Another form of insight provided by nSight is its patented nCompass BI Reporting. This is another analysis report that effectively looks into the future, and which provides a simple colour-coded calendar view of demand and bookings for the next 30 day and 60 day periods, and where to target active consumers online. By using nCompass, a hotel can identify where it needs to go to fill gaps in demand by identifying geographic and demographic markets which are likely to book over 30 and 60 day periods. It effectively provides a roadmap for digital marketing over an 18 month period for all hotels, all over the world.
Predicting the future with Big Data
In a previous Digital Tourism Think Tank article, we reported on the ability of nSight to predict European travel destinations over an entire season. Once upon a time, this sort of functionality would have been considered science fiction. But with the emergence of Big Data, and the tools now in existence to analyse it, predicting the future and profiling the potential customer base of a hotel just became feasible.
Discussioncomments powered by Disqus
More from #DTTT
In August we present:Helsinki’s city marketing strategy
Laura Aalto is a marketing and communications professional with 20 years of experience in international marketing, brand building, sponsorship and event marketing. She will take over as a CEO of Helsinki Marketing this September. More in this press release. Laura will be joining us on stage at #DTTTGlobal on 30th November & 1st December in […]#Helsinki #city #Transformation #destination #dmo #marketing #strategy
In July we present:What if we scrapped the DMO?
“What if we scrapped the DMO, would anybody notice?”. This is a favourite topic at debates and one that often comes up in my experience of circling the globe talking at destination conferences, one that I occasionally indulge in but at the same time never really buy into. Others, however, are deadly serious when they […]#destination #Development #dmo #marketing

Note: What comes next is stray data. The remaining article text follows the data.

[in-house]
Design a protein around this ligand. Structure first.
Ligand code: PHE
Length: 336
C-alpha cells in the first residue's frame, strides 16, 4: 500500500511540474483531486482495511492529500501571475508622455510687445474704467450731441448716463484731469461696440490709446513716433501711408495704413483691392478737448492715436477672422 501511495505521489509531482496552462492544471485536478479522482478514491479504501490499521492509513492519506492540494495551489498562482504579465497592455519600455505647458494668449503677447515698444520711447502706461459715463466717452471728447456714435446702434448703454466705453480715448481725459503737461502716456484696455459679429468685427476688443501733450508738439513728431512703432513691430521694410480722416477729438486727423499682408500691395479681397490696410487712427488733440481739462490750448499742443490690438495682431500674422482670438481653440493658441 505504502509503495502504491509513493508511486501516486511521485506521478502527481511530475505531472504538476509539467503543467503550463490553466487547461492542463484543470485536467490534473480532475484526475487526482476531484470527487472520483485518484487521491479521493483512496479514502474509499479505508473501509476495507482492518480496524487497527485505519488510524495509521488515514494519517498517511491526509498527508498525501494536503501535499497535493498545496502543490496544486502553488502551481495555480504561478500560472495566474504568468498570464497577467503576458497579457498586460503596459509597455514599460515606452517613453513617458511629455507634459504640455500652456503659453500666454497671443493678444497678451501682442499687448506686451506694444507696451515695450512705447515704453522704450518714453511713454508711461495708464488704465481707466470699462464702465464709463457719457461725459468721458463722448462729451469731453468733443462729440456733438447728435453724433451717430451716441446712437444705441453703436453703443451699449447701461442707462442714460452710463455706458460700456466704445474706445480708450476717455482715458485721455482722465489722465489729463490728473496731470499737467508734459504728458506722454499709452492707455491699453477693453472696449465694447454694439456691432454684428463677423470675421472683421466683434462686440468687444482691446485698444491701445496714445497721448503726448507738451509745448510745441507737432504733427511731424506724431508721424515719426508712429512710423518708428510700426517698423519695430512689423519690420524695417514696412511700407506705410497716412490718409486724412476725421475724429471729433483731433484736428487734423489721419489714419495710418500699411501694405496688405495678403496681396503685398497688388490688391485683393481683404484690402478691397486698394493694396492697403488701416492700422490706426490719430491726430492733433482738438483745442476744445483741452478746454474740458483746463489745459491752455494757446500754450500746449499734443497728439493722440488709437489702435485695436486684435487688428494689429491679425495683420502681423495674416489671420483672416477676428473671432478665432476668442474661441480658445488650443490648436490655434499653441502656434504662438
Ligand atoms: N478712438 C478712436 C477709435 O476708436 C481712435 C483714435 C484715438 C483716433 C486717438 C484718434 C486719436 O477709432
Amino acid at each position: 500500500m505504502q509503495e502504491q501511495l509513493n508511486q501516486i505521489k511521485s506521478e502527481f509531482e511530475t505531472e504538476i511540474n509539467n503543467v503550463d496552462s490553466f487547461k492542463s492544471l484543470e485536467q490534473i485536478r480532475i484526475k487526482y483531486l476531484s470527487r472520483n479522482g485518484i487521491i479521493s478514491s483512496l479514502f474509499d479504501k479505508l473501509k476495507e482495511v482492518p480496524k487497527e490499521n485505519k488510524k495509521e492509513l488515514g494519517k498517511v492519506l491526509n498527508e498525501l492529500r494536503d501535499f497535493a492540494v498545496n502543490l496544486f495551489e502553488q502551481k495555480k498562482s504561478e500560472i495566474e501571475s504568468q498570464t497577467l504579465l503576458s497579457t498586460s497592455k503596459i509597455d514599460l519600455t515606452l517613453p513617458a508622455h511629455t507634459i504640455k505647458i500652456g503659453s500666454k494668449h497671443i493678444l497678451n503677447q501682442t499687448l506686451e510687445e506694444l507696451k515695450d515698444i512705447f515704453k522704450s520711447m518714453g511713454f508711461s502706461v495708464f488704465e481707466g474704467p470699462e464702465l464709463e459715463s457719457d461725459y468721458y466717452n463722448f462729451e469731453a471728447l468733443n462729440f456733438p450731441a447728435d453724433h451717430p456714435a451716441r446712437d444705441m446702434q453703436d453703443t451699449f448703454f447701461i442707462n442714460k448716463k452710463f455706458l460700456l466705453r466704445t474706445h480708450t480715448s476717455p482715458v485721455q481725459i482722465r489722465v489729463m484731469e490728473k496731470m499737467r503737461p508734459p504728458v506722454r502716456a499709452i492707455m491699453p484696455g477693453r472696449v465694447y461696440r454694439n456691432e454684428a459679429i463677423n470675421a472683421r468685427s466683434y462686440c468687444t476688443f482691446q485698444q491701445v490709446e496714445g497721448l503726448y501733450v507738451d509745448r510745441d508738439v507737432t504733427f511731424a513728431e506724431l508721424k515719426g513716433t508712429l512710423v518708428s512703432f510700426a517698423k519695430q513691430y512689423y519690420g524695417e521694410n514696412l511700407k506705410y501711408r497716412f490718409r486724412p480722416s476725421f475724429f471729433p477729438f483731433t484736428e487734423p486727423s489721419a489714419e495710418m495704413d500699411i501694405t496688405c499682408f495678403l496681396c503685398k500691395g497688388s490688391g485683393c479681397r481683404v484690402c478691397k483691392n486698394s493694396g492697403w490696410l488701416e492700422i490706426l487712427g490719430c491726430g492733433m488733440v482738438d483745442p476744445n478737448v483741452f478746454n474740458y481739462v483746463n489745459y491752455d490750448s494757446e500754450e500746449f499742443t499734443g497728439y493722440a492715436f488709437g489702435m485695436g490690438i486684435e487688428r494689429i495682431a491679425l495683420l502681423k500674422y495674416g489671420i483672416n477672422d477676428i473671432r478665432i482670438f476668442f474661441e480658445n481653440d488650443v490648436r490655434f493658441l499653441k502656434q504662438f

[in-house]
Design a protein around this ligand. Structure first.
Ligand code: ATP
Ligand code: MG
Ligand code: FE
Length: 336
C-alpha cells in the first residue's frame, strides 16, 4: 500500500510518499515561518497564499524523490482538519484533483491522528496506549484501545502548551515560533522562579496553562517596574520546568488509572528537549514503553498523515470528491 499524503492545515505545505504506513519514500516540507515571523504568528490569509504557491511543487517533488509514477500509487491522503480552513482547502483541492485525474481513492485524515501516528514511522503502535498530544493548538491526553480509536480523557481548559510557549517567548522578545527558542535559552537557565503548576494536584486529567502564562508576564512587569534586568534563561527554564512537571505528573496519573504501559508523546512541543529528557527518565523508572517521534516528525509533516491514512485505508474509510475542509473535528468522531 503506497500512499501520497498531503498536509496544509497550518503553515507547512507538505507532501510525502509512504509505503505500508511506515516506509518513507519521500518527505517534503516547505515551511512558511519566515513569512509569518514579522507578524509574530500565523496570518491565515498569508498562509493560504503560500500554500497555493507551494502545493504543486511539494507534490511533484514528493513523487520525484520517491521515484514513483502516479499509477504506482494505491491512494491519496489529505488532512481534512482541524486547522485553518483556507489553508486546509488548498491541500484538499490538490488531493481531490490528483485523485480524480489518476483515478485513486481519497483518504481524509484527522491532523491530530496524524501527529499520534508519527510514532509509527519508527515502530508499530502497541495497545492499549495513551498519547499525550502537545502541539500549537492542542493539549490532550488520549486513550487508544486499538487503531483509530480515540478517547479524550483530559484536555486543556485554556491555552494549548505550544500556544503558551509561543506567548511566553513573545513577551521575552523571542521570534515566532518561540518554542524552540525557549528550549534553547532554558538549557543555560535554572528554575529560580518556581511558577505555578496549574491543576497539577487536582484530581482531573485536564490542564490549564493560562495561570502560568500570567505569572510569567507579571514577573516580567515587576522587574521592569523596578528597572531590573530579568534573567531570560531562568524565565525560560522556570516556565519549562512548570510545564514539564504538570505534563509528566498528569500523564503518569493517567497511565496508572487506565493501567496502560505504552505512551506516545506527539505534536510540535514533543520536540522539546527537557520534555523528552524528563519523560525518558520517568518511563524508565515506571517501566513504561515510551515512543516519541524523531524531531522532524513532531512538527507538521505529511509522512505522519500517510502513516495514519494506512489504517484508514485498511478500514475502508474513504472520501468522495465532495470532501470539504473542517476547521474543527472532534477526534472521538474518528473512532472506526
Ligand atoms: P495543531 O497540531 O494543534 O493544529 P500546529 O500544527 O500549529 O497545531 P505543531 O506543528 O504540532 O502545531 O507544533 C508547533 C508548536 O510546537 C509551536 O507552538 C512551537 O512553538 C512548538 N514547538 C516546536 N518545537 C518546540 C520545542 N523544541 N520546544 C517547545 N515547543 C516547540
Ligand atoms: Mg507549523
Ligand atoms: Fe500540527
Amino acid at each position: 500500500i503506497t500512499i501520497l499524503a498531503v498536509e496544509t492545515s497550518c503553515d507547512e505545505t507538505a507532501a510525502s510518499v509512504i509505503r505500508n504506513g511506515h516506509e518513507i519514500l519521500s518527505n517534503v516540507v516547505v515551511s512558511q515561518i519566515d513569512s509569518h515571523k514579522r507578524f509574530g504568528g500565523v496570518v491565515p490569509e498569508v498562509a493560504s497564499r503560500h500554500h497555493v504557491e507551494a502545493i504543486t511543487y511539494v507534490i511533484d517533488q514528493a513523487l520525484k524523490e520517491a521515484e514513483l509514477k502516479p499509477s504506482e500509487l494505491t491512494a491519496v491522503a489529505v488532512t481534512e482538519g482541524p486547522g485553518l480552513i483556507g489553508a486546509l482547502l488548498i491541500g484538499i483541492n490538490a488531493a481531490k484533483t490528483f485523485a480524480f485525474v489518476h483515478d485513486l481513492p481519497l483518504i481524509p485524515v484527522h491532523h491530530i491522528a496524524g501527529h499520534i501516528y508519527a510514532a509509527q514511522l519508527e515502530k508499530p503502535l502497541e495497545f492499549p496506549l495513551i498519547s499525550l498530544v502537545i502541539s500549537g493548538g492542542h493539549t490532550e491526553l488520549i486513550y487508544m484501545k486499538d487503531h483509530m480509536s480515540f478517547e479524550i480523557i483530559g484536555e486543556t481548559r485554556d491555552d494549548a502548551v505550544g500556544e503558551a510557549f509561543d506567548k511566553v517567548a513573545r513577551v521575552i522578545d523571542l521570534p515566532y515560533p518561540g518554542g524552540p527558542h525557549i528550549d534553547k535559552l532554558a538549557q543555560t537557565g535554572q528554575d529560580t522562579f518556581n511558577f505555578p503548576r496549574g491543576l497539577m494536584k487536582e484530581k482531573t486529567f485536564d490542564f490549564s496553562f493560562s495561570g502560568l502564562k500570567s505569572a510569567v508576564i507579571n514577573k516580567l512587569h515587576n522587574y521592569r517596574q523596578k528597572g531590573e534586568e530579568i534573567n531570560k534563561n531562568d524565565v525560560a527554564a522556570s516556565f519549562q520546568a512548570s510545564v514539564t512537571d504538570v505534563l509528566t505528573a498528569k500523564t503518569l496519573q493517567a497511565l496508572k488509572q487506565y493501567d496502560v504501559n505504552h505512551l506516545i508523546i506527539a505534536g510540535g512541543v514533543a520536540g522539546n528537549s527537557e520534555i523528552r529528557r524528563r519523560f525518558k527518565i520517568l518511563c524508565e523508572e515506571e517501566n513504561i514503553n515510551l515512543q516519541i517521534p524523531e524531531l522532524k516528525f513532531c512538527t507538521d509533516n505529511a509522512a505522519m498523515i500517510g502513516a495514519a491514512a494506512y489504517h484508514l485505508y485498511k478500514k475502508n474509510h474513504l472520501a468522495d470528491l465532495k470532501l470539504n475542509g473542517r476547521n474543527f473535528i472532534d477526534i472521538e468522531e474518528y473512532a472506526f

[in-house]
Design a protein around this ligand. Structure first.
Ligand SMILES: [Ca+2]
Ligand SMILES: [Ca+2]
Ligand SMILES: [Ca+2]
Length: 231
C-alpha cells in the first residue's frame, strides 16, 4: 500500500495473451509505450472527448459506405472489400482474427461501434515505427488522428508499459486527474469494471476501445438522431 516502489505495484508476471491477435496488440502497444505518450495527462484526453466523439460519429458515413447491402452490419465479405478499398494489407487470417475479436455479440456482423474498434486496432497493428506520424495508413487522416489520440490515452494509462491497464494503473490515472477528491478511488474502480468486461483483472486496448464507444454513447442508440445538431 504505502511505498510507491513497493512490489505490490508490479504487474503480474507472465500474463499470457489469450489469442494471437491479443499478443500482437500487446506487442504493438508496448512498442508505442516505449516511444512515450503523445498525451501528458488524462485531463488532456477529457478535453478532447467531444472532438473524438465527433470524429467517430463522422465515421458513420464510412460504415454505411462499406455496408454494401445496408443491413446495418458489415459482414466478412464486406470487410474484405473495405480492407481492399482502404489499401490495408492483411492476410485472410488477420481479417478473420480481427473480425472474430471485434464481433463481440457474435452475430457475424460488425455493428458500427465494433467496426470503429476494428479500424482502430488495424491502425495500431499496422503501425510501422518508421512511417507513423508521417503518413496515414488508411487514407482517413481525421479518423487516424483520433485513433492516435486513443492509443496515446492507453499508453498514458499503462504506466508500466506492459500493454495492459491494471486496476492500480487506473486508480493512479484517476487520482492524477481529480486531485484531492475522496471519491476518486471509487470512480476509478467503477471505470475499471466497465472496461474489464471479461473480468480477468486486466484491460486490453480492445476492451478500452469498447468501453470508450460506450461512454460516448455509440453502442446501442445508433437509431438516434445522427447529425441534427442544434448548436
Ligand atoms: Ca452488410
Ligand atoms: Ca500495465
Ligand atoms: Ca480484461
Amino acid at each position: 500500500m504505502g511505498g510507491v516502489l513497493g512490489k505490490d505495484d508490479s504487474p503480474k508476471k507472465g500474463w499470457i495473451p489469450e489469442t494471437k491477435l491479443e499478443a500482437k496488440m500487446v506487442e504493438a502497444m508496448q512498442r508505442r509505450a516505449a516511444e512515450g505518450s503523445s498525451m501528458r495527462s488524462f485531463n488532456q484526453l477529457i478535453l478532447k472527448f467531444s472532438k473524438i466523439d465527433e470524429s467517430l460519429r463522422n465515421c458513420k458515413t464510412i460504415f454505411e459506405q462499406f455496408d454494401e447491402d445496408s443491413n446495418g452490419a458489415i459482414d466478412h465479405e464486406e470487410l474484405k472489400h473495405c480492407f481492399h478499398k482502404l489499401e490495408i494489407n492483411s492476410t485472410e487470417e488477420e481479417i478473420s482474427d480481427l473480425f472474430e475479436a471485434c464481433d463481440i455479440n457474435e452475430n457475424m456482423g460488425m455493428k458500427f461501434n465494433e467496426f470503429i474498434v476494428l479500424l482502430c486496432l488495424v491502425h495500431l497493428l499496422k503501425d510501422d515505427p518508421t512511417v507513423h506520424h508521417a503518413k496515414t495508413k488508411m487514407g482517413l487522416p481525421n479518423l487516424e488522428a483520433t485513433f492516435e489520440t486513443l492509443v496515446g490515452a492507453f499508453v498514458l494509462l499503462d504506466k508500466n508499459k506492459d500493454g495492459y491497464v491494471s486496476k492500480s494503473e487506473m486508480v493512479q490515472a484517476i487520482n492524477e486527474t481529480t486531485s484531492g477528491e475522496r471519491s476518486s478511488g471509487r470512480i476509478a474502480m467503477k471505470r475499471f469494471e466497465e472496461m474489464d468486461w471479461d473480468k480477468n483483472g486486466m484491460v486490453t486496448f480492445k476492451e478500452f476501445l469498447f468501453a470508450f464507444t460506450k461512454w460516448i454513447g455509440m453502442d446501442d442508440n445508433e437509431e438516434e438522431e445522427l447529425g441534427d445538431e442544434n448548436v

In June we present:How we Champion Remote Design
Here at the #DTTT, we used the last year to slowly change the way we work with our #DTTT Experts and destinations by embracing remote design as an integral part of how we deliver ideation workshops, audits, plans and frameworks across a range of topics. For many destinations, the remote design concept is fairly new, so […]#remote design #remote #collaboration #Destinations #workshop
In May we present:Snapchat Spectacles: The Verdict for Tourism
In the run up to Content | Campus we managed to get our hands on a pair of Spectacles, the latest ‘must have’ piece of wearable tech from Snapchat, currently only available in the US. First of all just to clarify, ‘must have’ refers to agencies and opportune eBay resellers to whom we paid over […]#snapchat spectacles #Snapchat #social media #social media marketing
In May we present:Destination Marketing in a Climate of Fear
Between looming travel bans, terrorist attacks and passengers forcibly being removed from planes, destination marketing has become increasingly difficult. “There is a fear factor of travelling,” says Peter Greenberg, CBS News Travel Editor. Travellers are more anxious than ever before to travel. What does this mean for the industry? How do you as a DMO […]#crisis management #communication #crisis #destination #destination marketing #partners #social
In May we present:Why Nuuk Holds the Key to Greenland’s Tourism Industry
In the world of entrepreneurship, founders are regarded as role models, leaders, ambitious, successful, highly driven and uniquely adept at identifying opportunities overlooked by others. This admiration is well deserved, considering 90% of start-ups fail within the first year, but a recent visit from to Nuuk reveals a richer side to earning a living as […]#Nuuk #tourism development #training #business #destination #Greenland #SME